From Bridled Hostility to Vengeful Violence
Text: Matthew 26 : 57- 75
Suddenly, the already hostile Council became vengefully violent. Hostility was one thing, but hatred expressed in violence was quite another. The verdict pronounced seemed to have open wide the sluice gates of pent-up feelings of animosity toward Jesus!
“Then they spat in His face and beat Him;
and others struck Him with the palms of their hands,
saying, ‘Prophesy to us, Christ! Who is the one who struck You?'”
1. “Then they spat in His face and beat Him…”
What brought this on? This was nothing less than sheer venom. To spit on anyone’s face was to insult in the worst possible way. It represented both defiance and despising.
To beat a Person like Jesus was just unthinkable and unconscionable! How could anyone even think of beating Him?
2. “And others struck Him with the palms of their hands…”
This is another way of describing how members of the Sanhedrin Council went up to Jesus and slapped Him in full in the face! What was all that about?
3. “Saying, ‘Prophesy to us, Christ! Who is the one who struck You?’ “
This was adding insult to injury. The Sanhedrin Council members, all grown men, many if not all of them were held in high public esteem, were resorting to such uncalled for activities! What cheap thrill did they derive from mocking Jesus in this manner?
THAT THE SCRIPTURES MIGHT BE FULFILLED
The only way we can make sense out of all that Jesus had to suffer is to bear in mind what He had said time and again.
“How then could the Scriptures be fulfilled,
that it must happen thus?
But all this was done that the Scriptures of the prophets
might be fulfilled.”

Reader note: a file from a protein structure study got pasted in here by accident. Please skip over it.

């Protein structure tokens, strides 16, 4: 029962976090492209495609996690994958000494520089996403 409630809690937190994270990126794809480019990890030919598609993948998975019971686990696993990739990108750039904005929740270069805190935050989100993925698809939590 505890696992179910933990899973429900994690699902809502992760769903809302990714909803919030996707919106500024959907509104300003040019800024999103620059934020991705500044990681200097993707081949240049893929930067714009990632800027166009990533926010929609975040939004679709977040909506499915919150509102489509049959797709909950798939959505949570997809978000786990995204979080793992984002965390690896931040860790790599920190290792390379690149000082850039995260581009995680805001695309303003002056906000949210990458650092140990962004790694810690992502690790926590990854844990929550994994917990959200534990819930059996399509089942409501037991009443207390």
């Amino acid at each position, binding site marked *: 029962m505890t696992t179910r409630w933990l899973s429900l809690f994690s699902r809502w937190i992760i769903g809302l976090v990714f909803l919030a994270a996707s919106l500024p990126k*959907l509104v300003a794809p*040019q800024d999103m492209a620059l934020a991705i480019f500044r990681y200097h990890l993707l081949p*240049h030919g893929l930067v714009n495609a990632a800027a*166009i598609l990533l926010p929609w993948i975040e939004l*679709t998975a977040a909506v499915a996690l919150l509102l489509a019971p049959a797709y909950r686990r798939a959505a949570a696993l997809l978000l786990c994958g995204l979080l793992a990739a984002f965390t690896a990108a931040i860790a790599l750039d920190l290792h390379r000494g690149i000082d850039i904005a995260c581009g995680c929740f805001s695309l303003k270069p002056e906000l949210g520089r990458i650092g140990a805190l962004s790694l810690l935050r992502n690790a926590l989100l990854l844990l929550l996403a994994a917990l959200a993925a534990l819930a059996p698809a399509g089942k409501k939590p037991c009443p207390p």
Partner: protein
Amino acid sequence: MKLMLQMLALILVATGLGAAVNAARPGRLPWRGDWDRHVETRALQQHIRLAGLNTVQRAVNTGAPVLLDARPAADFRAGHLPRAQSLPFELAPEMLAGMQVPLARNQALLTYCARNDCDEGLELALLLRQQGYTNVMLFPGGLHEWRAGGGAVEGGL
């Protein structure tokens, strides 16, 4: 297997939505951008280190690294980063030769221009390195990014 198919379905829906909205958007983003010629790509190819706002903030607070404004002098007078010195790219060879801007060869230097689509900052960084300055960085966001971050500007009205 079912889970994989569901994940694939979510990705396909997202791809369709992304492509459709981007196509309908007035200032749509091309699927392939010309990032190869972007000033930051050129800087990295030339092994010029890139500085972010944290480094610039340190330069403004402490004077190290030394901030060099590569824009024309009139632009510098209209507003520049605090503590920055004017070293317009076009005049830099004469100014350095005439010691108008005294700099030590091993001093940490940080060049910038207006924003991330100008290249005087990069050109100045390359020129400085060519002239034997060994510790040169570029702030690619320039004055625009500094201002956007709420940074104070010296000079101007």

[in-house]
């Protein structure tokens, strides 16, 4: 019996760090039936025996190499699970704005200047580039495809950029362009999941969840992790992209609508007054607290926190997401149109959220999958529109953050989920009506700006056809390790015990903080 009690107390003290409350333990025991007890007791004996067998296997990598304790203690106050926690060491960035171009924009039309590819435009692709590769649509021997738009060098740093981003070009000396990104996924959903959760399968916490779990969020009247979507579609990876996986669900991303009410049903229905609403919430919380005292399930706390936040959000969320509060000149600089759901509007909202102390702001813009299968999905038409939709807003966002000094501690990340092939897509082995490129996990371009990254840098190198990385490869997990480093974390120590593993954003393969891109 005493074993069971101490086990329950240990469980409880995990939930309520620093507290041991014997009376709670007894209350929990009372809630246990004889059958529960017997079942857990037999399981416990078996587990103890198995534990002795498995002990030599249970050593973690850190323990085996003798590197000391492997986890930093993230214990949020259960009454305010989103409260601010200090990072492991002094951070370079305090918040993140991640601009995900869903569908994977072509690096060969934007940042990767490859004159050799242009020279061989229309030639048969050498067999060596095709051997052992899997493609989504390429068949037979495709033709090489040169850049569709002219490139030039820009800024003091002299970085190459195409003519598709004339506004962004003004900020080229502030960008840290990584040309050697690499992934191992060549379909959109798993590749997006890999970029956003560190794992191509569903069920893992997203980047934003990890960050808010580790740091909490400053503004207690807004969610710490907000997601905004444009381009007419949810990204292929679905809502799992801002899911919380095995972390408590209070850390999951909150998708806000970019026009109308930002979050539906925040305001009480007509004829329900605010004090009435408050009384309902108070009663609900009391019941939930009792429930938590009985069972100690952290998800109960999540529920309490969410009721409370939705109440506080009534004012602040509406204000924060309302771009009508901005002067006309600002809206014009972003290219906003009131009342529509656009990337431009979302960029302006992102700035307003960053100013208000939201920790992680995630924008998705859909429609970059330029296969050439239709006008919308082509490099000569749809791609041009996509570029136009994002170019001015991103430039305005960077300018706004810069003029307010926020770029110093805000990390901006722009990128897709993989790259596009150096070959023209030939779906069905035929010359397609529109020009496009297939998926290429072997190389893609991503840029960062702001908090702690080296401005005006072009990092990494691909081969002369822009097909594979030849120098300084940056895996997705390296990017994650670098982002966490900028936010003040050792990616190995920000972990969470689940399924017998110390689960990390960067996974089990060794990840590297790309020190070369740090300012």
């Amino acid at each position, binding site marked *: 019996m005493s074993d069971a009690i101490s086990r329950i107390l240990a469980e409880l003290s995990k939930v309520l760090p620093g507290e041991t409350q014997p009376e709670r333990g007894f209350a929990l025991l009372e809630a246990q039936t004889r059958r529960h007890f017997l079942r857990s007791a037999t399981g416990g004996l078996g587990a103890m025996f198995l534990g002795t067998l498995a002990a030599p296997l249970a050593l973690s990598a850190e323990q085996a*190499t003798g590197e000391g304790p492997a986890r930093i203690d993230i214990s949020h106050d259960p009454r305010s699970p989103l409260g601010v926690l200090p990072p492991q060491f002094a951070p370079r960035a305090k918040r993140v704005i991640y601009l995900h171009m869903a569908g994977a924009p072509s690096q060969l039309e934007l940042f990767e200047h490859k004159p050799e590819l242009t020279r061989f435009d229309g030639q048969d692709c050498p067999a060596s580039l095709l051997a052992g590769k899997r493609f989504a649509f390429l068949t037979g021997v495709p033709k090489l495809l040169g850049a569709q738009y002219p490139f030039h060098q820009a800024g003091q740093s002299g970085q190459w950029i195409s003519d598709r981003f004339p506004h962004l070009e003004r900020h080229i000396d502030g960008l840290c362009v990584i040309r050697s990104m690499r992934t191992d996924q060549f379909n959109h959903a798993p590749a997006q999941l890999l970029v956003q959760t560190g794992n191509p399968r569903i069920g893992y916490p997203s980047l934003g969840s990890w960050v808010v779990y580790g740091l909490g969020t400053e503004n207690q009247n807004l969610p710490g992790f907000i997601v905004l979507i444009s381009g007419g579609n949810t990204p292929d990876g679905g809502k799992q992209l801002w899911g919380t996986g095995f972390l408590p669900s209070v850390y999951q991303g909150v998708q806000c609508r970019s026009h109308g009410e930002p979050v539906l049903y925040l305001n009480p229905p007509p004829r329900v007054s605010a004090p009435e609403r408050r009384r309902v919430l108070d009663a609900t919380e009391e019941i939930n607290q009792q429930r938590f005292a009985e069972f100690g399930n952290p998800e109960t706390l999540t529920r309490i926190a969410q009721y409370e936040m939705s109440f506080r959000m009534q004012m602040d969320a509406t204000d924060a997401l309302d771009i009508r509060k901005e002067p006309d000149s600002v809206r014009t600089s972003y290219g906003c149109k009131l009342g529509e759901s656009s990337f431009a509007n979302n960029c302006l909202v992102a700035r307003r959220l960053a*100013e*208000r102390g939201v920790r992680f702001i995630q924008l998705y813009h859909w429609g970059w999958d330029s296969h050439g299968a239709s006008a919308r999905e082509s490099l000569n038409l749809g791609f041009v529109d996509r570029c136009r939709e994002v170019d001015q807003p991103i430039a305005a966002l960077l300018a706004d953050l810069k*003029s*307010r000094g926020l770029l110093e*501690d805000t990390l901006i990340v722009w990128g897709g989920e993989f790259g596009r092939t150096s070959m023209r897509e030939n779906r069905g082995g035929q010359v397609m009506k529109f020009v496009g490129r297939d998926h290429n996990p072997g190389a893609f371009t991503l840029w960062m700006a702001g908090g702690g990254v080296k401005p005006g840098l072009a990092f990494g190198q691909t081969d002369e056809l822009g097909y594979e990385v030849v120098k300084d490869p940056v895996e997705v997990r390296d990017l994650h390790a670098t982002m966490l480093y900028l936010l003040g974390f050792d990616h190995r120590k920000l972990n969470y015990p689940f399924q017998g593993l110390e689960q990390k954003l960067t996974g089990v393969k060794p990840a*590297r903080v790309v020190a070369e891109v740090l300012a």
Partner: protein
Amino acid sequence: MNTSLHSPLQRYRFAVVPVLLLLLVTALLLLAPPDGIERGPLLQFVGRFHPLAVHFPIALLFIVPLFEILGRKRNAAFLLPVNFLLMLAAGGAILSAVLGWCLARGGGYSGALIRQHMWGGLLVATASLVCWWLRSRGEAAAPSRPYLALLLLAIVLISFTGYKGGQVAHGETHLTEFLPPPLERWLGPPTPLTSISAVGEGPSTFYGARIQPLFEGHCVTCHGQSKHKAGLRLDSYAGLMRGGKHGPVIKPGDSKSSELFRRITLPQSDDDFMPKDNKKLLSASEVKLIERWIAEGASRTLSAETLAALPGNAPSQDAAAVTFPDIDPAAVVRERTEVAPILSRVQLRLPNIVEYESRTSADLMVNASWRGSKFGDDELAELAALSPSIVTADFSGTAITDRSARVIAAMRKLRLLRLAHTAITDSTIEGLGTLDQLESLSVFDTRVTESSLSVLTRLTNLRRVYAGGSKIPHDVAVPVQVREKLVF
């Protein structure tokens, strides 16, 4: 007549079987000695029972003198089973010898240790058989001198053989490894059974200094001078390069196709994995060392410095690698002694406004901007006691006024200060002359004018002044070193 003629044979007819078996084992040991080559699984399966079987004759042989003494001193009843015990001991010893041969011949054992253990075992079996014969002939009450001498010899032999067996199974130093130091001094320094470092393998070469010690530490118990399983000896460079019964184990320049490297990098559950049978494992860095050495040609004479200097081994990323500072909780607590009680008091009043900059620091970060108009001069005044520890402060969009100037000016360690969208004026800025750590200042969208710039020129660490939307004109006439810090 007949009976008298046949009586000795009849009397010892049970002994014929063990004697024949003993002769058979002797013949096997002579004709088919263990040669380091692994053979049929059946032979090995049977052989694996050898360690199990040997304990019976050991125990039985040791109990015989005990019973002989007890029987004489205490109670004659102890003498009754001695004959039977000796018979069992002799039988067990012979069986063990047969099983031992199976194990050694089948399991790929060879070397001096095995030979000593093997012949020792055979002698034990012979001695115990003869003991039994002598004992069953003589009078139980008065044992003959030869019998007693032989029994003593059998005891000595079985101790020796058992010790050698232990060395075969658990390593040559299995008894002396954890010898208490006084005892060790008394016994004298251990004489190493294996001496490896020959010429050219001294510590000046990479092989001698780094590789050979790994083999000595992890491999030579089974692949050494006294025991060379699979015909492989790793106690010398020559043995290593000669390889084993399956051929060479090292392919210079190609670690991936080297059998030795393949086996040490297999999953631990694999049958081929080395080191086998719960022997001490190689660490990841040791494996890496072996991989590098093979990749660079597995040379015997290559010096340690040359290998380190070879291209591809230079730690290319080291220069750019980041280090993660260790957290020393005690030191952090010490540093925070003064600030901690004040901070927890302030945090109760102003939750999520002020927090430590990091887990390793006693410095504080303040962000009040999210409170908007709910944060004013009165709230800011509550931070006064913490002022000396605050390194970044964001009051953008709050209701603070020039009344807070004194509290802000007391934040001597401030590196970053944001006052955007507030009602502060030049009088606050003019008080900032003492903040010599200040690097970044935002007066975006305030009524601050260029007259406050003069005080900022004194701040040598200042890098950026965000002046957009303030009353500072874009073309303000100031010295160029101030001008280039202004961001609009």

MATTHEW 26:54, 56
Jesus knew exactly what He would have to endure in order to carry out God’s plan of redemption. He would be expected to suffer for the sins of mankind. Part of that suffering, under the Sanhedrin Council, had just begun. Worse was to follow. He had spent much time in the Garden of Gethsemane in prayer, bracing Himself to drink this Cup of pain and agony. It was a very bitter cup indeed. But He must drink it all up – till the last drop!
THE PROPHECY OF ISAIAH
What specific prophecy did Jesus fulfil as He endured the humiliation inflicted on Him by the Sanhedrin Council? Let us take time to ponder over an ancient prophecy Isaiah the prophet wrote several hundred years earlier.
“He is despised and rejected by men,
A Man of sorrows and acquainted with grief.
And we hid, as it were, our faces from Him;
He was despised, and we did not esteem Him.
Surely He has borne our griefs
And carried our sorrows;
Yet we esteemed Him stricken,
Smitten by God, and afflicted.
But He was wounded for our transgressions,
He was bruised for our iniquities;
The chastisement for our peace was upon Him.
And by His stripes we are healed.
All we like sheep have gone astray;
We have turned, every one, to his own way;
And the Lord has laid on Him the iniquity of us all.
He was oppressed and He was afflicted,
Yet He opened not His mouth;
He was led as a lamb to the slaughter,
And as a sheep before his shearers is silent,
So He opened not His mouth.”
1. A series of carefully-chosen verbs
Isaiah used a series of verbs to paint the grim and sad picture of how Jesus had to suffer. “Despised…rejected…wounded…bruised…oppressed…afflicted…” Each word carried its own special weight. All of them contributed to the whole idea of the suffering Jesus had to endure.
2. All for us
Isaiah did not fail to highlight the fact that the suffering of the Messiah was for our sake! Note the use of the first personal plural in the text.
“Surely He has borne OUR griefs
And carried OUR sorrows…
But He was wounded for OUR transgressions…
He was bruised for OUR iniquities…
The chastisement for OUR peace was upon Him…”
BUT WE SEE JESUS
In Isaiah’s prophetic text, we note that many did not esteem Jesus. Many despised Him. Are we guilty of the same disregard? How do we esteem Jesus in our hearts? What does Jesus mean to you?